The Bank of England (BoE) is expected to raise interest rates again on Thursday, as it tries to bring down inflation that is running at more than four times its target. However, some analysts warn that the BoE may be risking a recession by tightening monetary policy too much and too fast.
Inflation hits 10.5% in December
The UK inflation rate reached 10.5% in December, the highest level since 1991. The main drivers of inflation were higher energy and food prices, as well as supply chain disruptions and labour shortages that pushed up the costs of goods and services.
The BoE has a legal mandate to keep inflation close to 2%, but it has been above that level since April 2021. The BoE has blamed the inflation surge on temporary factors, such as the Covid-19 pandemic, Russia’s invasion of Ukraine, and Brexit-related trade frictions. However, it has also acknowledged that inflation may persist for longer than expected, and that it needs to act to prevent it from becoming entrenched in people’s expectations and wage demands.
Interest rates rise to 4%
The BoE has already raised its main interest rate from 0.1% in December 2021 to 4% in February 2023, the fastest pace of tightening in its history. It has also reduced its bond-buying programme, which was designed to support the economy during the pandemic, by £100 billion.
The BoE has signalled that it may raise interest rates further, to 4.5% this month, and to 5% by the end of the year. The BoE governor, Andrew Bailey, has said that the BoE is prepared to do “whatever it takes” to bring inflation back to target.
However, some economists and commentators have criticised the BoE for being too hawkish, and for ignoring the negative impact of higher interest rates on the economy and on households.
Recession looms as growth stalls
The UK economy is already showing signs of weakness, as higher inflation erodes consumers’ purchasing power and confidence. The economy contracted by 0.2% in the fourth quarter of 2021, and is expected to shrink again in the first quarter of 2023, entering a technical recession.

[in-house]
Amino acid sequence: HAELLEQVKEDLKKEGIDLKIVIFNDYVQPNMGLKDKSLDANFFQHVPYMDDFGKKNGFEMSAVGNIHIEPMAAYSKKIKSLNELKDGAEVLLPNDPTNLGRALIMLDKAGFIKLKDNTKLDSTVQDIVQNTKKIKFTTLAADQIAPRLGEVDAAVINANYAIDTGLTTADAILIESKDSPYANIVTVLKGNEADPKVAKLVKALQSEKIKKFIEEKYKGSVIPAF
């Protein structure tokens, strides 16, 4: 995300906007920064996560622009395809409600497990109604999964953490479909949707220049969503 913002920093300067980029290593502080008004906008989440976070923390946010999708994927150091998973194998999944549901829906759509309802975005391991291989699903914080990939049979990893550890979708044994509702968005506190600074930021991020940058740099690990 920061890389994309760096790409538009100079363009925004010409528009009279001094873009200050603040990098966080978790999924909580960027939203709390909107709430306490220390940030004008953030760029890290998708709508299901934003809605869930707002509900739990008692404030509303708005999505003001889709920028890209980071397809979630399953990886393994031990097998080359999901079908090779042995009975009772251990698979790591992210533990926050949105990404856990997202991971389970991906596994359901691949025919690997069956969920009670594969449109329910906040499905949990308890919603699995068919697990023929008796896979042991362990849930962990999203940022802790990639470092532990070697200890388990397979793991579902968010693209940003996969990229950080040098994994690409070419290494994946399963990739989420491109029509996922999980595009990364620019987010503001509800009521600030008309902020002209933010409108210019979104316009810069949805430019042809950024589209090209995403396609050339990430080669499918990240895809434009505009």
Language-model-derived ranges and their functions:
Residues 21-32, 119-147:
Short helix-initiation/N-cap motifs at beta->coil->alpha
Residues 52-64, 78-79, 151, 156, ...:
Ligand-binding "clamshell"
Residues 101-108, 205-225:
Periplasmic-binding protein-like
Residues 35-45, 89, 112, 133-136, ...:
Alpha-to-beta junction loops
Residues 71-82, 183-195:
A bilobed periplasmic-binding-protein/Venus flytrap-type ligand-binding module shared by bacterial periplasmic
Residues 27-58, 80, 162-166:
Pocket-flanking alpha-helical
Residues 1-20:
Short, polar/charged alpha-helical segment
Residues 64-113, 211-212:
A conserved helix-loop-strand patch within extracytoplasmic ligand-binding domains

The BoE has forecast that the economy will grow by only 0.7% in 2023, down from 6.8% in 2021. It has also warned that there are downside risks to its outlook, such as further Covid-19 variants, geopolitical tensions, and financial market volatility.
Some analysts have argued that the BoE is overestimating the inflation threat, and underestimating the growth threat. They have urged the BoE to pause or reverse its rate hikes, and to adopt a more flexible and gradual approach to monetary policy.
A delicate balance for the BoE
The BoE faces a difficult dilemma: how to balance its inflation-fighting objective with its growth-supporting objective. It has to weigh up the costs and benefits of raising interest rates in a highly uncertain environment.
The BoE has said that it is ready to adjust its policy stance as new information becomes available. It has also stressed that its decisions are not predetermined, and that they depend on the evolution of the economy and inflation.
The BoE will announce its latest monetary policy decision on Thursday at noon GMT. Markets and observers will be watching closely for any clues about the BoE’s future plans and expectations.